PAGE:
The room is dark. I glance at the illuminated dial on the clock on the end table. It is 2:00 a.m. and I just remembered that I did not shut the garage door. I slowly make my way into our bathroom and grab my bathrobe from its appointed hook next to the shower. My eyes are gaining some of their rod and cone cells and the darkness is no longer inky. It is just a few more moments when I can see the handle to my bedroom door and quietly open it and slink out into our living room.
As I turn to face our living room, I see three sets of almond colored eyes fixed on me. I start for a moment and then realize that it is our three feline inhabitants- black cats all. My eyes are starting to feel more comfortable as I approach the three cats hunched over the coach and following me intently. I have not been given to anthropomorphism, but it does seem like they are inspecting me to see if I am their friend.
In a few moments, they have jumped down from the couch and circling my legs- tails up and rubbing against me. I am careful not to take my steps quickly. I have this unnerving feeling that I will trip on them someday. I remain careful as I trudge toward the garage entrance and place my hand on the closer and press down. The door closes with a degree of finality, as if it had been waiting for some time for me to shut it.
By this time, the two younger cats, P.S. and Boo are already on the kitchen counter, reminding me that somehow I must have forgotten to feed them. That was not quite so. I turned on the kitchen light which illuminates the room where their litter box and food bowls reside. I see that most of the food has been eaten. So, I fill up the bowl and notice that our eldest cat, Mr. Random Numbers (all 18 lbs. of him) has nudged the other cats away. Random does that quite frequently. He is larger than the others and feels that he comes first. Once in a great while, Mr. P.S. will swat him away from the bowl, if he is especially hungry.
Our accumulation of three BLACK cats is a story unto itself. We did not start out to be cat owners. We have been dog people, but our daughter had a fondness for cats since childhood. She insisted that we adopt a cat when she worked in a supermarket as a teenager. She encountered a scruffy old man who told her that he had cats that he was willing to give away. Dara insisted that we visit this man’s home and take one of the cats.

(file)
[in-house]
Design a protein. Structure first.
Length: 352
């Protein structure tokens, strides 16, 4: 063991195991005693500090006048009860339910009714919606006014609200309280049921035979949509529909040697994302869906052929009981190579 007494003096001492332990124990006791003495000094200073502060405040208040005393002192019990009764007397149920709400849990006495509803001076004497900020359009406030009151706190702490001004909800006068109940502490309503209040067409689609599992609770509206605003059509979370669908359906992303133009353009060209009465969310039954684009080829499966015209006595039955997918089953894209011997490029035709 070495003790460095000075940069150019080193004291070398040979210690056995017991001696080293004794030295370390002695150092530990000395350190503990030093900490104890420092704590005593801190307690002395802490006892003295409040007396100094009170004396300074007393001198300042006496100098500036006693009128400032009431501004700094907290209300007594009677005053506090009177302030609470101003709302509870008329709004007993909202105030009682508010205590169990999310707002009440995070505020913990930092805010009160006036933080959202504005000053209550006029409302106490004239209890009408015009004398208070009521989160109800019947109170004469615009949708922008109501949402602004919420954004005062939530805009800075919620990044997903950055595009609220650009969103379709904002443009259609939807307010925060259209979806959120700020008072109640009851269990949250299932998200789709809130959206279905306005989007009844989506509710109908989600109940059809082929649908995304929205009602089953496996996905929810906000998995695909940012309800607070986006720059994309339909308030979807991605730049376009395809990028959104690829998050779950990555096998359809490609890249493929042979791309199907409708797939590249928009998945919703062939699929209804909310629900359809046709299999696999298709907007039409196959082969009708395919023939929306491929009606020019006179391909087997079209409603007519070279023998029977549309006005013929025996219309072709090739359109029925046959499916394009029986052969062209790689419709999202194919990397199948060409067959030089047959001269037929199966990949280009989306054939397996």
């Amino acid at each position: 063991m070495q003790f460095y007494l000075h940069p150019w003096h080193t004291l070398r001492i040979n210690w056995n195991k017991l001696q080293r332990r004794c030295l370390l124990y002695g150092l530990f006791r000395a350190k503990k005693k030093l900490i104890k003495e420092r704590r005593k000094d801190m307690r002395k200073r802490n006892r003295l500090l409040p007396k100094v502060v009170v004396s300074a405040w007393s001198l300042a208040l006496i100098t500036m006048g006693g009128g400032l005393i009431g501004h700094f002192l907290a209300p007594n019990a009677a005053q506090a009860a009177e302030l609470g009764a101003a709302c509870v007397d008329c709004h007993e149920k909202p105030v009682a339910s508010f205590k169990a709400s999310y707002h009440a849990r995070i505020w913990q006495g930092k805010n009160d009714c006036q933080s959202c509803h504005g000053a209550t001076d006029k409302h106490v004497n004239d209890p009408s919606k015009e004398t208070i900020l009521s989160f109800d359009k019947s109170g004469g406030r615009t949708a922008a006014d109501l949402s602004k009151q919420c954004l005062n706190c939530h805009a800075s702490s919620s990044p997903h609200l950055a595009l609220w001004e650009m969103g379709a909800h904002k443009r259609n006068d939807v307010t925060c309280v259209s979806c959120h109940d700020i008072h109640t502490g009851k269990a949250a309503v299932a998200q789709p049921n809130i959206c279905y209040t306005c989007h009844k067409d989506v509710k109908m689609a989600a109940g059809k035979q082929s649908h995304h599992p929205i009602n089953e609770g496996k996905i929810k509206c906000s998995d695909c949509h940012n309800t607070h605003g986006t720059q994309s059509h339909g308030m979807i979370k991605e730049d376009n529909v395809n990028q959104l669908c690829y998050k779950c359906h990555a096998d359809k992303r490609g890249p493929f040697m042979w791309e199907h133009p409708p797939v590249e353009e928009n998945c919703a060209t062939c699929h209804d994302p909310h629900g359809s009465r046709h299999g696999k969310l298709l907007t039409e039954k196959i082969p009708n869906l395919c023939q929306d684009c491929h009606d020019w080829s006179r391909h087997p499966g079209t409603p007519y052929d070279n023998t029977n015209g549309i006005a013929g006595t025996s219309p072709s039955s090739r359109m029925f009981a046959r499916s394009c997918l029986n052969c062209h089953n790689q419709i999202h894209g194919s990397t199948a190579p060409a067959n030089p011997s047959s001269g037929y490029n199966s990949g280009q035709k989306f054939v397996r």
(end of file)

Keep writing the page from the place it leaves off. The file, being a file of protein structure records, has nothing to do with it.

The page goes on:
We did go to the house and found it to be disgusting. Piles of cat food on the floor along with assorted poop mingled with other gunk on the floor. We spotted a cute little grey cat and took him home. He had fleas, and had to be dewormed. It was a month or so before we could really say that he was healthy. From that day on, we had a feeling that we would rescue cats.
Black cats are susceptible to two things- never being adopted, and being used by crazy people for satanic rites and witchcraft stuff. They are most likely to be killed in odd ways because of people’s fear of bad luck. Our first black cat, Random Numbers II, was named after the hero in a Robert Heinlein SF book called, Beast. Mr. P.S. was a last minute substitute for Random Numbers II, who left our house, hopped in a local car and was away for six months.
One evening I got a call from a vet, 40 miles away in Lancaster, saying that Random was at her house (she was able to read the chip in his neck) and would I come and get him. P.S. had been his substitute.
Boo was just a rescue from our local humane society. He came to us with some weird name and we immediately thought that he was aptly named Boo Radley, from To Kill a Mockingbird.
As I retreated from the kitchen, after pouring in a cupful of cat food, I looked at our three urchins and wondered how we got into this situation. They are part of our lives these days. They are a constant presence, on our desks, on our couches, on our cereal bar, when eating breakfast, and on our bodies when we lay on our couch. They are good guys and after 14 years, one of them is just recognizing his name.